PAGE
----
Do You Know What Your Poop Means about Your Health?
Poop may not be a topic everyone likes to discuss, but your daily poo can tell you a lot about your health. Your doctor may not have asked you about it, but it’s important to know that most diseases and issues begin in your gut. So, looking at what is coming out your gut gives you a good idea about what’s happening in there.
First, there are three main things that might give clues into your health:
Frequency of Bowel Movements
The first thing you have to think about is the frequency of your bowel movements. It is best to have at least one complete movement per day. Some people have two to three bowel movements per day – that’s normal too!
Everyone has different amounts for several reasons. Some people have faster metabolisms or more robust, good bacteria. Some people have a higher quantity of food that they consume each day.
Now, if you are eliminating more than three times per day, that starts to enter the category of diarrhea. Also, while some people claim having bowel movements every few days is okay, many doctors disagree. We cannot forget that it is how your body eliminates toxins, acids, and other unwanted materials. Daily is best.
Form of Your Bowel Movement
This topic sounds fun, right? Don’t get squeamish – it’s natural! The form of your poo is important, but people shy away from discussing it. You want your poo to be well-formed, which indicates that we digested and assimilated the nutrients from the food we consumed. It also means we are eliminating acids and toxins correctly.
Let’s take a look at the different forms you might experience.
Do you know what form is the best? Number 4 is the winner! The ideal form of poo is a tubular shape, very similar to bananas. It shouldn’t break apart when you flush. When you eliminate, the poo should come out easily without straining, smell like super-ripe fruit rather than something gross, and requires very little wiping.
You would rather be a 3 than 5 or 6. That is moving more towards the realm of diarrhea, and diarrhea is hard to control. The issues causing chronic diarrhea tend to be harder to fix, and it also means you have an issue with malabsorption, which means your body isn’t receiving proper nutrients.
What to Do about Frequent Loose Stool
If you are leaning towards forms 5 and above often, there are a few things you can do. First and foremost, speak to your doctor! Don’t be shy; doctors can order comprehensive stool analysis.
In the meantime, you can try to firm up your stool by using the popular BRAT diet. You might have heard of the BRAT diet when you are sick. BRAT stands for:
These foods were picked because they have tannin-like qualities that can help firm up your stools for a better bowel movement. Another option is consume one or two teaspoons of food-grade bentonite clay each day that helps to bind and absorb toxins.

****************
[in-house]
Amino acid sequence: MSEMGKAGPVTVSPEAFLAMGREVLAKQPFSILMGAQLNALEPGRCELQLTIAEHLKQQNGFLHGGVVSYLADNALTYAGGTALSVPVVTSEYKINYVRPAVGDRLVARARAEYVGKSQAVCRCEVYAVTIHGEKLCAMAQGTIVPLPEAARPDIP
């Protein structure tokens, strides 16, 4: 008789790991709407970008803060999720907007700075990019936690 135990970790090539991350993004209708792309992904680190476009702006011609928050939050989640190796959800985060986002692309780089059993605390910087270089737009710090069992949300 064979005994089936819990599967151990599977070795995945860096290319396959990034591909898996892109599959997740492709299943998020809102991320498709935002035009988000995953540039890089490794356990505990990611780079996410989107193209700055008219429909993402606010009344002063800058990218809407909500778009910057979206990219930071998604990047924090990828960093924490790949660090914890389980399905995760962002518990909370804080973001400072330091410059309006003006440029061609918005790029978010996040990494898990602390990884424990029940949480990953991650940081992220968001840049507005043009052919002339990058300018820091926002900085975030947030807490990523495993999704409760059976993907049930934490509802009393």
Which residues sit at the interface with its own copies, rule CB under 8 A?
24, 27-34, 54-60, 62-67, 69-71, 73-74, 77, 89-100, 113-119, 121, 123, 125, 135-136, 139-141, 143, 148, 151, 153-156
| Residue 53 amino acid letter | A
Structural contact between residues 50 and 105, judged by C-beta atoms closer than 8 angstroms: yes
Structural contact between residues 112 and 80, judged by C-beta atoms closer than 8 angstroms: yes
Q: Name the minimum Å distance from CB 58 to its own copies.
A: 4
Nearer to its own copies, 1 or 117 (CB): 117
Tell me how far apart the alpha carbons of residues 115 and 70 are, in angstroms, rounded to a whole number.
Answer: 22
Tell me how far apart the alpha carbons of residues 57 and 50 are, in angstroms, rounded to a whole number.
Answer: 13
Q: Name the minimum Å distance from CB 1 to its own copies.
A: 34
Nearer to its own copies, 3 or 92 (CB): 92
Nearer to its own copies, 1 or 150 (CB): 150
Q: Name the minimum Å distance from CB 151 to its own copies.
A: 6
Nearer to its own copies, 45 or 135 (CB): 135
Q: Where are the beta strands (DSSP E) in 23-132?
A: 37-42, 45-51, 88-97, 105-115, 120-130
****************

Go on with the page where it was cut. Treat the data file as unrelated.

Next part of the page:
One of the best things you can do is take a day probiotic. Probiotics increase the good bacteria that lives in your gut. Also, eliminating things like glute, wheat, nuts, and too many grains is a wise idea, at least until your gut is healed and healthy again.
What about Stool that is Too Hard?
Hard or infrequent stool is an uncomfortable problem, and you should head to your doctor to figure out whats going on inside of your gut. A thyroid paniel might help figure out the issue.
Until your doctor solves your issue, there are a few things you can do. First, try adding a magnesium supplement to your diet, and eat magnesium-rich foods. Magnesium is important because it brings water into your bowel, which means stool softer and easier to eliminate. It also will relax the muscles around your intestinal walls, which helps with constipation.
Probiotics can also help with chronic constipation. Many people swear by adding cod liver oil and other healthy fats into your diet helps to keep bowel movements going, along with certain nuts and seeds. Pears and fresh fruit will keep you regular.
Last Concern – The Color of Your Poo
Well, the last thing you should consider is the color of your poo. Yes, even that makes a difference! A normal stool should be medium to dark brown in color.
If your stool is black, you need to seek medical care immediately. It could be a sign of blood in your upper GI tract. Yellow or green poop might indicate fat malabsorption, liver or galbladder stress.
Remember your stool can change color because of the foods you eat. Food dyes are a culprit for different colors. If you eat bright green icing on a birthday cake, your stool might be a disturbing color for a day. Don’t freak out unless it continues! Consuming a lot of beets can make your stool turn a reddish-color. Think about what you eat recently first before worrying.
Does Floating Mean Anything?
Many people tell you that whether or not your stool floats is an indicator of your health. Doctors tend to have their own opinions about this. Some claim floating is better because it indicates fiber in your diet. However, some say floating means that your body isn’t absorbing fats.
So, most doctors do say that sinkers is better. The most important thing is how you feel. You can have either and feel comfortable.
Don’t Forget to Take a Peak in the Toilet
Most of us flush and forget about it, but paying attention to whats in the toilet can be an eye-opener. Bowel movements can let you know you are dehydatred or if you are eating correctly. It is like a window into what’s happening in your body, letting you know if your gut is healthy. A healthy gut means you’re doing something right!